- Most Compiz schemas are relocatable. This means that a path needs to provided along with the schema name itself - in this case, the path to the Compiz profile, for example:
- That a Compiz plugin's schema is installed does not guarantee that the plugin itself is installed.
List all of the available Compiz profiles:
$ gsettings list-recursively org.compiz | grep existing-profiles
Show the active Compiz profile:
$ gsettings list-recursively org.compiz | grep current-profile
Set the active Compiz profile:
$ gsettings set org.compiz current-profile profile-name
List all the available Compiz plugins schemas:
$ gsettings list-relocatable-schemas | grep org.compiz
View all of the available settings for a Compiz plugin and their values (this example will show the settings of Static Application Switcher):
$ gsettings list-recursively org.compiz.staticswitcher:/org/compiz/profiles/Default/plugins/staticswitcher/
View the value for a specific Compiz setting (this example checks the whether the Icon option in Static Application Switcher is enabled:
$ gsettings get org.compiz.staticswitcher:/org/compiz/profiles/Default/plugins/staticswitcher/ icon
Change the value for a Compiz plugin setting (this will disable icons in Static Application Switcher):
$ gsettings set org.compiz.staticswitcher:/org/compiz/profiles/Default/plugins/staticswitcher/ icon false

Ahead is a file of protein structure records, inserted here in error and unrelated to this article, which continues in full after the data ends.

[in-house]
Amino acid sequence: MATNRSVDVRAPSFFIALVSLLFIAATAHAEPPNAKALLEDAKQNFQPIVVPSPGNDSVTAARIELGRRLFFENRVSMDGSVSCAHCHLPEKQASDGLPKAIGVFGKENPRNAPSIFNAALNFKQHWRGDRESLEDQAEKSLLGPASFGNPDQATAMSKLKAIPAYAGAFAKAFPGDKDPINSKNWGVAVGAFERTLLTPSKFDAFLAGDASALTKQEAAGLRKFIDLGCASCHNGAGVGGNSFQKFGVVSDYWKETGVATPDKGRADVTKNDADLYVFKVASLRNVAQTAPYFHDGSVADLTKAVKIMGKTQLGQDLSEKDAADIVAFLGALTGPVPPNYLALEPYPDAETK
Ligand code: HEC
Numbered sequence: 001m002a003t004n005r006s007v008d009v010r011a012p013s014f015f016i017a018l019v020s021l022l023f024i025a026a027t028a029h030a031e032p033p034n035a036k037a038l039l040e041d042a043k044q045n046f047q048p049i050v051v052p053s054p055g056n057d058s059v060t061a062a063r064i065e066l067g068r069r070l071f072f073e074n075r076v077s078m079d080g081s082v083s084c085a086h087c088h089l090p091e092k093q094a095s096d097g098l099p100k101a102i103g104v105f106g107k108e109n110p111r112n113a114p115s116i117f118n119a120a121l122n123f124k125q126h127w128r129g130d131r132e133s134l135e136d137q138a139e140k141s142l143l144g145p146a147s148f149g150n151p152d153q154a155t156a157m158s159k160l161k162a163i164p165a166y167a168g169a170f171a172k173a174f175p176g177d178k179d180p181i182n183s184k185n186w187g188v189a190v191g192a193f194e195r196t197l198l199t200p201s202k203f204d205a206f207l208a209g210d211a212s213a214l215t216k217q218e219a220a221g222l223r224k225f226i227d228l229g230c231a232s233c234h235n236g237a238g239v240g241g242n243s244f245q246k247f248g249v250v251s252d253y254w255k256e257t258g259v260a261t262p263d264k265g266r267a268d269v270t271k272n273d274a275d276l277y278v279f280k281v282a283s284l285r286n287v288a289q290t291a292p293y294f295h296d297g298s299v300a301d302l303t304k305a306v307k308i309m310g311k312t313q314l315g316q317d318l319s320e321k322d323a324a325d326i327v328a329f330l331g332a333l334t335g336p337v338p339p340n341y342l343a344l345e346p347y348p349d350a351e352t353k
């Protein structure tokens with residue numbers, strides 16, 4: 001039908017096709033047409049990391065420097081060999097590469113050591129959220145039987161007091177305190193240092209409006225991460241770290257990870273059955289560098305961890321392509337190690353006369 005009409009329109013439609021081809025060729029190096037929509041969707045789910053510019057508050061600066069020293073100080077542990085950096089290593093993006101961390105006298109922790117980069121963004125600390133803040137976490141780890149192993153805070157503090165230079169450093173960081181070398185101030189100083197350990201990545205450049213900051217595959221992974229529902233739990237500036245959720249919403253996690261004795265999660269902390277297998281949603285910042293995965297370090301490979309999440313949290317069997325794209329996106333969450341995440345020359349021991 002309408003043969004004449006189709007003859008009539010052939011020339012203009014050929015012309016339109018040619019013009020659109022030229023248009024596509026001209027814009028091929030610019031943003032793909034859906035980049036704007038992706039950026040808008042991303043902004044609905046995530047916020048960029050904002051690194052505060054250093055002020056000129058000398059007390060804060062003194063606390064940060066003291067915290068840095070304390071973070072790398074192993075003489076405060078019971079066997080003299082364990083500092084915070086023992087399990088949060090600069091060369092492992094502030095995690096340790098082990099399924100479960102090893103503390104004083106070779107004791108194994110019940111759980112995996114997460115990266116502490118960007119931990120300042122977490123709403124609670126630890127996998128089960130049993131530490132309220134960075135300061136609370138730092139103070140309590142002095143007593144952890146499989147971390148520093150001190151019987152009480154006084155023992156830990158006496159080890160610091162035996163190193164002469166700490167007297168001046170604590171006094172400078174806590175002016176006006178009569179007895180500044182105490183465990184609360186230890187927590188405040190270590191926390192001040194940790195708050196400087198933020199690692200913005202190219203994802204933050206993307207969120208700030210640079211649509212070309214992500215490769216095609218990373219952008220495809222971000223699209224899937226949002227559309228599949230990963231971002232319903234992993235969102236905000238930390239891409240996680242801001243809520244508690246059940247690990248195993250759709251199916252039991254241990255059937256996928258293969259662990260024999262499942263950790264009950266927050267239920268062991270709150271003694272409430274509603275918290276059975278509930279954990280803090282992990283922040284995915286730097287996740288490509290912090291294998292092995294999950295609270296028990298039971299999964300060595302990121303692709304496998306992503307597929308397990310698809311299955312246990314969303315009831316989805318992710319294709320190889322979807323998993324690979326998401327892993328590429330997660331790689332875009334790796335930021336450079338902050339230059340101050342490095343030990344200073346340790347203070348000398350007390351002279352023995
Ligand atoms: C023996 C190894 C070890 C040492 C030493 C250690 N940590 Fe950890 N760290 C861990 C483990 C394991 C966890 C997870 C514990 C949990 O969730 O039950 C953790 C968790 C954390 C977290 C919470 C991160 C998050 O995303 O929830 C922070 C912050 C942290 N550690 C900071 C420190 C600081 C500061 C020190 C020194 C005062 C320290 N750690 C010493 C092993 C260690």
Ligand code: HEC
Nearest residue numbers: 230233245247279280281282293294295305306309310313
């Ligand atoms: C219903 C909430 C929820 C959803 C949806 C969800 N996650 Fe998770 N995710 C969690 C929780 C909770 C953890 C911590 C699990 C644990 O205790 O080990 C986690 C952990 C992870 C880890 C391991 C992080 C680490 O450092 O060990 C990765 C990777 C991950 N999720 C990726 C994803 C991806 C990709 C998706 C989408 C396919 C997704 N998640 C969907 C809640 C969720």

Enabling or disabling a Compiz plugin using GSettings
- Do not forget to place quotation marks around the array when overwriting the active-plugins value, e.g.
- If you enter an invalid plugin name or the name of a plugin that is not installed, the command will complete without error but the invalid name will automatically be removed from the array.
Two steps are required. Firstly, get the list of active Compiz plugins using the command below:
$ gsettings get org.compiz.core:/org/compiz/profiles/Default/plugins/core/ active-plugins
This should return an output similar to the one below:
['core', 'composite', 'opengl', 'compiztoolbox', 'decor', 'vpswitch', 'snap', 'mousepoll', 'resize', 'place', 'move', 'wall', 'grid', 'regex', 'imgpng', 'session', 'gnomecompat', 'animation', 'fade', 'workarounds']
Copy and paste the output and add it to the command to set the active plugins, adding or removing plugins from the array as appropriate. The example below will enable the Static Application Switcher:
$ gsettings set org.compiz.core:/org/compiz/profiles/Default/plugins/core/ active-plugins "['core', 'composite', 'opengl', 'compiztoolbox', 'decor', 'vpswitch', 'snap', 'mousepoll', 'resize', 'place', 'move', 'wall', 'grid', 'regex', 'imgpng', 'session', 'gnomecompat', 'animation', 'fade', 'workarounds', 'staticswitcher']"